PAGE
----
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Inventis - June 2023

What are the different protocols in ocular motor testing, and how do they help manage patients with vertigo?

Vishal Pawar

June 10, 2024

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Question

What are the different protocols in ocular motor testing, and how do they help manage patients with vertigo?

Answer

Video-nystagmography (VNG) is essentially an advanced method for examining eye movements. This article will cover some key protocols tested during VNG:

  1. Saccades
  2. Smooth Pursuit
  3. Optokinetic Testing
  4. Spontaneous Testing (With or Without Fixation)
  5. Gaze testing (With or Without Fixation)
  6. Nystagmus Evaluation
  7. Head Shaking Test
  8. Hyperventilation Test

 

1. Saccades

Saccades are quick eye movements that shift your focus from one point to another, helping you quickly change what you're looking at. The main purpose of saccades is to move objects of interest onto the fovea, which is often first detected by your peripheral vision. These movements are also used to scan something complex, like a painting. Attention is crucial when examining saccades.

In clinical practice, saccadic testing, especially horizontal saccade testing, examines how the brain decides when and where to move your eyes and how the brainstem executes that movement. With videonystagmography equipment, doctors can identify issues in the cerebellum or brainstem that manifest as saccadic dysmetria, which is key in differentiating central from peripheral causes of vertigo.

Figure 1

Figure 1. The graph of normal horizontal saccades recorded by the Inventis VNG model Plus – for NYSTALYZE wireless.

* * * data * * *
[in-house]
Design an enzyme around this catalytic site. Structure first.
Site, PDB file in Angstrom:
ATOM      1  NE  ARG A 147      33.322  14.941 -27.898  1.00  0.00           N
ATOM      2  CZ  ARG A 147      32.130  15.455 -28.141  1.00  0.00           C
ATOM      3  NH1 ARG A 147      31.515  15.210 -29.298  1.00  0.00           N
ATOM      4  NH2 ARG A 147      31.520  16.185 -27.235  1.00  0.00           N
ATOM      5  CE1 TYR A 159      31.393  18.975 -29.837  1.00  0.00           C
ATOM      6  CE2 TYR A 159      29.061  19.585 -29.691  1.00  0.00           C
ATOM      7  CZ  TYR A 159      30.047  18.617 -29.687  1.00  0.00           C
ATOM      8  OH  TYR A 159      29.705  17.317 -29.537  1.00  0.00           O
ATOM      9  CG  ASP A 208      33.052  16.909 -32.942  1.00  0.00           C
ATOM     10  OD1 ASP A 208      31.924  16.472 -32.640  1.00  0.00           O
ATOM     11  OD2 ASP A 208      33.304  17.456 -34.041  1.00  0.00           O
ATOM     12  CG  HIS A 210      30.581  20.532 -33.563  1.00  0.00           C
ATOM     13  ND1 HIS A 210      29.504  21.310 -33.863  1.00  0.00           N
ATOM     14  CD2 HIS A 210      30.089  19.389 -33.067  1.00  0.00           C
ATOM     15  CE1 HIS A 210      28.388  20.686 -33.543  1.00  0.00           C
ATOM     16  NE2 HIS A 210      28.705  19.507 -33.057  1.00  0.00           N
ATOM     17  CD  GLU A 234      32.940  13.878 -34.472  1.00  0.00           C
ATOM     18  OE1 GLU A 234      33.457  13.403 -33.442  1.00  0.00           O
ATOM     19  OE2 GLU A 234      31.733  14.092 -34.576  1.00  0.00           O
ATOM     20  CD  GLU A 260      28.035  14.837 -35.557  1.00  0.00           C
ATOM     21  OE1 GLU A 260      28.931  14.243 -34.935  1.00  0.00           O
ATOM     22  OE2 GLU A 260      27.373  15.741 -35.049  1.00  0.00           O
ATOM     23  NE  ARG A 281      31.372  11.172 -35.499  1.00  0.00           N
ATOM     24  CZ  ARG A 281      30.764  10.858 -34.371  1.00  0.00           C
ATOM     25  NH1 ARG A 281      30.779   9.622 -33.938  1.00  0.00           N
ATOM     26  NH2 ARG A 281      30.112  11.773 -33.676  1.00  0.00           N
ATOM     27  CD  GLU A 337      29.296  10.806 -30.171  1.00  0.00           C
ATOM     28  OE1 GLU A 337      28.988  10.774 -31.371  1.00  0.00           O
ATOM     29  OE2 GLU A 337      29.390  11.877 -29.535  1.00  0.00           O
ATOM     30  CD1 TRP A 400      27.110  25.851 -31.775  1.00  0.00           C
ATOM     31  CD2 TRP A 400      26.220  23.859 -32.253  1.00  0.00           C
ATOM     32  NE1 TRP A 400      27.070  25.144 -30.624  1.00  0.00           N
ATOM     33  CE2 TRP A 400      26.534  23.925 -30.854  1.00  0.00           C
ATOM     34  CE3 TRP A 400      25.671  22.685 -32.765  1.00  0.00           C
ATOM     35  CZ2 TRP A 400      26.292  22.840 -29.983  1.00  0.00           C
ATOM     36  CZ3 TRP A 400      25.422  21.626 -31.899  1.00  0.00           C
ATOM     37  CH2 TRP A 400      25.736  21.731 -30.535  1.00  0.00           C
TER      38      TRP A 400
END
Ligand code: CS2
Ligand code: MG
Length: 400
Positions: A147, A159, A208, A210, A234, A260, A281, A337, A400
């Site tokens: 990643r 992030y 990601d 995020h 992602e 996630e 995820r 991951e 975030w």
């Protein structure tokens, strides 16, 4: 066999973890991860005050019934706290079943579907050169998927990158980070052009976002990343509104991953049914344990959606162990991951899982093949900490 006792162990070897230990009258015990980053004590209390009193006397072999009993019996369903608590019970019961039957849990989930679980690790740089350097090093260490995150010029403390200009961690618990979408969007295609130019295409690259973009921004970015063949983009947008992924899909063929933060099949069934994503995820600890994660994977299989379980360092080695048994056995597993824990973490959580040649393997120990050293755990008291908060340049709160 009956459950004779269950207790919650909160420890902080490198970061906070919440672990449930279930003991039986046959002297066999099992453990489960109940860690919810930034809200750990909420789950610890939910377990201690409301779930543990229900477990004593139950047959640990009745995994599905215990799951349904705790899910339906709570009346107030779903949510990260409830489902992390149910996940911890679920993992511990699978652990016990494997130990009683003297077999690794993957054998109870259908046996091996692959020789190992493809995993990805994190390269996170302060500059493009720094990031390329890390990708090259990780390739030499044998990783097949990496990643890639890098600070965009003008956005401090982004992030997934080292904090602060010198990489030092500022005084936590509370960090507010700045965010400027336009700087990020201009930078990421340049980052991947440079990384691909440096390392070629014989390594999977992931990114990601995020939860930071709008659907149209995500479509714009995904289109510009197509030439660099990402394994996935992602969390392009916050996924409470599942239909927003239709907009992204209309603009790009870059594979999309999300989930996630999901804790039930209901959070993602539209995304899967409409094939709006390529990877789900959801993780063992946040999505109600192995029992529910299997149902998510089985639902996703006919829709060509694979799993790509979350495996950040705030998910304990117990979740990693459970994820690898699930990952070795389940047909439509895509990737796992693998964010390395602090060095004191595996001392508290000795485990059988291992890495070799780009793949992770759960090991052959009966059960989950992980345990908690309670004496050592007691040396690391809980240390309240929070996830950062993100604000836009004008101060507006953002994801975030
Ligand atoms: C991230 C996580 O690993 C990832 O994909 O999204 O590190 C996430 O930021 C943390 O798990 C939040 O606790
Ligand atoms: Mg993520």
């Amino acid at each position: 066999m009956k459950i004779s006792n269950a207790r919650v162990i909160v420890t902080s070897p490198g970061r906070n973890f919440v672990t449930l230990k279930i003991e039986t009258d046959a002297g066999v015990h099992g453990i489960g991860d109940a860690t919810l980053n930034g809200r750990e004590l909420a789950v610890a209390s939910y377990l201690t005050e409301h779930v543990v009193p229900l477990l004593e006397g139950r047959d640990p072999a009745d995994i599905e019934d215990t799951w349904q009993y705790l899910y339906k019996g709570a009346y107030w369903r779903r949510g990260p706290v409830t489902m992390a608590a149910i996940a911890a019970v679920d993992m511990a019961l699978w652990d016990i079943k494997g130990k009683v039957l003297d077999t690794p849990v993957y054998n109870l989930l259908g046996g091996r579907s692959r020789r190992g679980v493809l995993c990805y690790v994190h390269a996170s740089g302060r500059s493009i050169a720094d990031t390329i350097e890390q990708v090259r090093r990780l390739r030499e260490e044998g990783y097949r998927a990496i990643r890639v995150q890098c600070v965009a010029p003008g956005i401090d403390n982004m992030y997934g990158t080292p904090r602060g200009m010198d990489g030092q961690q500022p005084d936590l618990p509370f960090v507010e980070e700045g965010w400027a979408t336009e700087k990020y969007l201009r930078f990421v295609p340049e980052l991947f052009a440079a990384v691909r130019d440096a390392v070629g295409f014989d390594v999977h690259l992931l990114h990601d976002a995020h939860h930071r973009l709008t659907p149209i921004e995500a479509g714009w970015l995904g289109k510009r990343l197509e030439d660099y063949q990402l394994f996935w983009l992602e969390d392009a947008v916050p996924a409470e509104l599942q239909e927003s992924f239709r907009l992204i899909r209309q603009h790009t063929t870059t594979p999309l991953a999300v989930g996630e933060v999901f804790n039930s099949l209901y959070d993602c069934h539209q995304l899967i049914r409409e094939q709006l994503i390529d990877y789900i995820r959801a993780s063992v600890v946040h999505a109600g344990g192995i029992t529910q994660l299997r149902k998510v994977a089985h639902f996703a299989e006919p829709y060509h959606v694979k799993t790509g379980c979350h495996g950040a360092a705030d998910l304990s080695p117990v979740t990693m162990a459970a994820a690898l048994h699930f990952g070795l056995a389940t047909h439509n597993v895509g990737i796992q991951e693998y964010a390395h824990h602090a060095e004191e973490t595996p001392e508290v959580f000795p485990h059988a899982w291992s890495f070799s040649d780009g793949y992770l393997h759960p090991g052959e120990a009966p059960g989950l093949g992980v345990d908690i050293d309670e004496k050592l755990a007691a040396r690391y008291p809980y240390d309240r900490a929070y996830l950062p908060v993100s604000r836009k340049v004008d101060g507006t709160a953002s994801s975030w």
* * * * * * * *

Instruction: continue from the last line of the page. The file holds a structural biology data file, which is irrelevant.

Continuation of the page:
The Inventis VNG model Plus provides key details about saccades, such as their latency, precision, and velocity, which are extremely helpful for diagnosis. In simple terms, the latency of saccades measures how well the pre-motor pathways (the cortical or subcortical pathways that initiate saccades) are functioning. The velocity indicates the performance of the brainstem and ocular motor nerves, while the precision reflects the integrity of the cerebellum or its pathways.

2. Smooth Pursuit

The pursuit system allows your eyes to smoothly follow moving objects. This system relies on neural circuits that extend from the visual cortex to the cerebellum. The main trigger for smooth pursuit movement is retinal slip. The Inventis VNG system can detect various issues such as saccadic intrusions, reduced gain, and catch-up or catch-back saccades. These abnormal pursuit movements, assessed through horizontal and vertical smooth pursuit testing with videonystagmography, can indicate central processing disorders.

Figure 2

Figure 2. The graph of normal horizontal smooth pursuit (0.3 Hz) recorded by the Inventis VNG model Plus – for NYSTALYZE wireless.

3. Optokinetic Testing

Optokinetic reflexes are activated when you're viewing large, moving visual scenes, engaging both the smooth pursuit and saccadic systems. Optokinetic testing, which can be performed horizontally and vertically using videonystagmography equipment, provides data on how these eye movements work together and their compensatory mechanisms. Performance in optokinetic testing can reveal if there are any central processing abnormalities.

FIgure 3

Figure 3. The graph of normal horizontal optokinetic response (20 deg/s) recorded by the Inventis VNG model Plus – for NYSTALYZE wireless.

4. Spontaneous Testing With and Without Fixation

Examining spontaneous eye movements in light (with fixation) and in darkness (without fixation) can help identify nystagmus, skew deviation, or other issues. The ability of visual fixation to suppress these unwanted eye movements can indicate whether the problem is peripheral or central. The precision of the videonystagmography equipment is crucial for detecting the subtle movements that suggest vestibular dysfunction.